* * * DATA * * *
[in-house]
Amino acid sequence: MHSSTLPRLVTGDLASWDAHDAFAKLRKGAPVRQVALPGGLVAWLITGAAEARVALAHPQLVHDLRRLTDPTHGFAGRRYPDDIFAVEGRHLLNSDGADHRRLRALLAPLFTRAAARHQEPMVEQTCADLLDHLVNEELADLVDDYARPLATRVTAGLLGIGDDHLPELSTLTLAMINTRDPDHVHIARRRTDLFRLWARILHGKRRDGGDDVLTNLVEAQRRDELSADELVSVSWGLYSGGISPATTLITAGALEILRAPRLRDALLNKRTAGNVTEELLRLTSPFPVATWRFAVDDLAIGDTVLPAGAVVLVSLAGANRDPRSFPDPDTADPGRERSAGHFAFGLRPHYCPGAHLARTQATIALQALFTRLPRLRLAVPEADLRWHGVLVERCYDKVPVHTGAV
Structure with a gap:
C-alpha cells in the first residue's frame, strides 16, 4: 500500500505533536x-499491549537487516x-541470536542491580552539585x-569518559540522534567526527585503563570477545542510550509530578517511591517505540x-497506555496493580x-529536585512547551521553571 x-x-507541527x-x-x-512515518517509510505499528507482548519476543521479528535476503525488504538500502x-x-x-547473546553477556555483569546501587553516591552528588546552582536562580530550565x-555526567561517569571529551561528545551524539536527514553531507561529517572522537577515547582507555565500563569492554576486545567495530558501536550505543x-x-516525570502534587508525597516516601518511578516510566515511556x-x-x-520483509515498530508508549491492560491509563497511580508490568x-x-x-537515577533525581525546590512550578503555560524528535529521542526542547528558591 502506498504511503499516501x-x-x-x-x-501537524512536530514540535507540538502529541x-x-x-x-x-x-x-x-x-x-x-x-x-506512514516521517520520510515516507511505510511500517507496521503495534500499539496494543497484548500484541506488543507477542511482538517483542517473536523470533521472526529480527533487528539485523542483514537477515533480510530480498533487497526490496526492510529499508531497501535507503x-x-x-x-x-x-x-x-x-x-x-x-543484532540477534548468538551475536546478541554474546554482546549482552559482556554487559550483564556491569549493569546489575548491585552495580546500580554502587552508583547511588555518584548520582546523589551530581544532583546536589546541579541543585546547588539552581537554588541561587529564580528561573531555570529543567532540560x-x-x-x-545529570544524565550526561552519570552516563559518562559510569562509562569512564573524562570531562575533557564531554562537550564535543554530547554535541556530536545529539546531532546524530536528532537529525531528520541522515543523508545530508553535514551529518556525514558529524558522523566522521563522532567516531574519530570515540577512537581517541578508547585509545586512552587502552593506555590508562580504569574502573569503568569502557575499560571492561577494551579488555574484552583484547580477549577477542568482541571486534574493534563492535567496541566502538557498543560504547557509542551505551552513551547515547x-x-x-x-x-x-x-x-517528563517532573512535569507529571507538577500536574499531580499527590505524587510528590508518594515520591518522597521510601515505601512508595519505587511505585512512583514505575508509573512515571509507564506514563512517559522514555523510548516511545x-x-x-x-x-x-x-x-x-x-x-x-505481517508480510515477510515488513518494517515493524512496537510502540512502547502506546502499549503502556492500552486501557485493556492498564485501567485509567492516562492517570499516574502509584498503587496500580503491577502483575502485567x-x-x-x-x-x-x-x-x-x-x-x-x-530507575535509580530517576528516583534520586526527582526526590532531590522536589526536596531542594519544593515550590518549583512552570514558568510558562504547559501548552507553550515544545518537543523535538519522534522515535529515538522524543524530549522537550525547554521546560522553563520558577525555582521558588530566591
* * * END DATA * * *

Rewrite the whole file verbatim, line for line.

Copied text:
[in-house]
Amino acid sequence: MHSSTLPRLVTGDLASWDAHDAFAKLRKGAPVRQVALPGGLVAWLITGAAEARVALAHPQLVHDLRRLTDPTHGFAGRRYPDDIFAVEGRHLLNSDGADHRRLRALLAPLFTRAAARHQEPMVEQTCADLLDHLVNEELADLVDDYARPLATRVTAGLLGIGDDHLPELSTLTLAMINTRDPDHVHIARRRTDLFRLWARILHGKRRDGGDDVLTNLVEAQRRDELSADELVSVSWGLYSGGISPATTLITAGALEILRAPRLRDALLNKRTAGNVTEELLRLTSPFPVATWRFAVDDLAIGDTVLPAGAVVLVSLAGANRDPRSFPDPDTADPGRERSAGHFAFGLRPHYCPGAHLARTQATIALQALFTRLPRLRLAVPEADLRWHGVLVERCYDKVPVHTGAV
Structure with a gap:
C-alpha cells in the first residue's frame, strides 16, 4: 500500500505533536x-499491549537487516x-541470536542491580552539585x-569518559540522534567526527585503563570477545542510550509530578517511591517505540x-497506555496493580x-529536585512547551521553571 x-x-507541527x-x-x-512515518517509510505499528507482548519476543521479528535476503525488504538500502x-x-x-547473546553477556555483569546501587553516591552528588546552582536562580530550565x-555526567561517569571529551561528545551524539536527514553531507561529517572522537577515547582507555565500563569492554576486545567495530558501536550505543x-x-516525570502534587508525597516516601518511578516510566515511556x-x-x-520483509515498530508508549491492560491509563497511580508490568x-x-x-537515577533525581525546590512550578503555560524528535529521542526542547528558591 502506498504511503499516501x-x-x-x-x-501537524512536530514540535507540538502529541x-x-x-x-x-x-x-x-x-x-x-x-x-506512514516521517520520510515516507511505510511500517507496521503495534500499539496494543497484548500484541506488543507477542511482538517483542517473536523470533521472526529480527533487528539485523542483514537477515533480510530480498533487497526490496526492510529499508531497501535507503x-x-x-x-x-x-x-x-x-x-x-x-543484532540477534548468538551475536546478541554474546554482546549482552559482556554487559550483564556491569549493569546489575548491585552495580546500580554502587552508583547511588555518584548520582546523589551530581544532583546536589546541579541543585546547588539552581537554588541561587529564580528561573531555570529543567532540560x-x-x-x-545529570544524565550526561552519570552516563559518562559510569562509562569512564573524562570531562575533557564531554562537550564535543554530547554535541556530536545529539546531532546524530536528532537529525531528520541522515543523508545530508553535514551529518556525514558529524558522523566522521563522532567516531574519530570515540577512537581517541578508547585509545586512552587502552593506555590508562580504569574502573569503568569502557575499560571492561577494551579488555574484552583484547580477549577477542568482541571486534574493534563492535567496541566502538557498543560504547557509542551505551552513551547515547x-x-x-x-x-x-x-x-517528563517532573512535569507529571507538577500536574499531580499527590505524587510528590508518594515520591518522597521510601515505601512508595519505587511505585512512583514505575508509573512515571509507564506514563512517559522514555523510548516511545x-x-x-x-x-x-x-x-x-x-x-x-505481517508480510515477510515488513518494517515493524512496537510502540512502547502506546502499549503502556492500552486501557485493556492498564485501567485509567492516562492517570499516574502509584498503587496500580503491577502483575502485567x-x-x-x-x-x-x-x-x-x-x-x-x-530507575535509580530517576528516583534520586526527582526526590532531590522536589526536596531542594519544593515550590518549583512552570514558568510558562504547559501548552507553550515544545518537543523535538519522534522515535529515538522524543524530549522537550525547554521546560522553563520558577525555582521558588530566591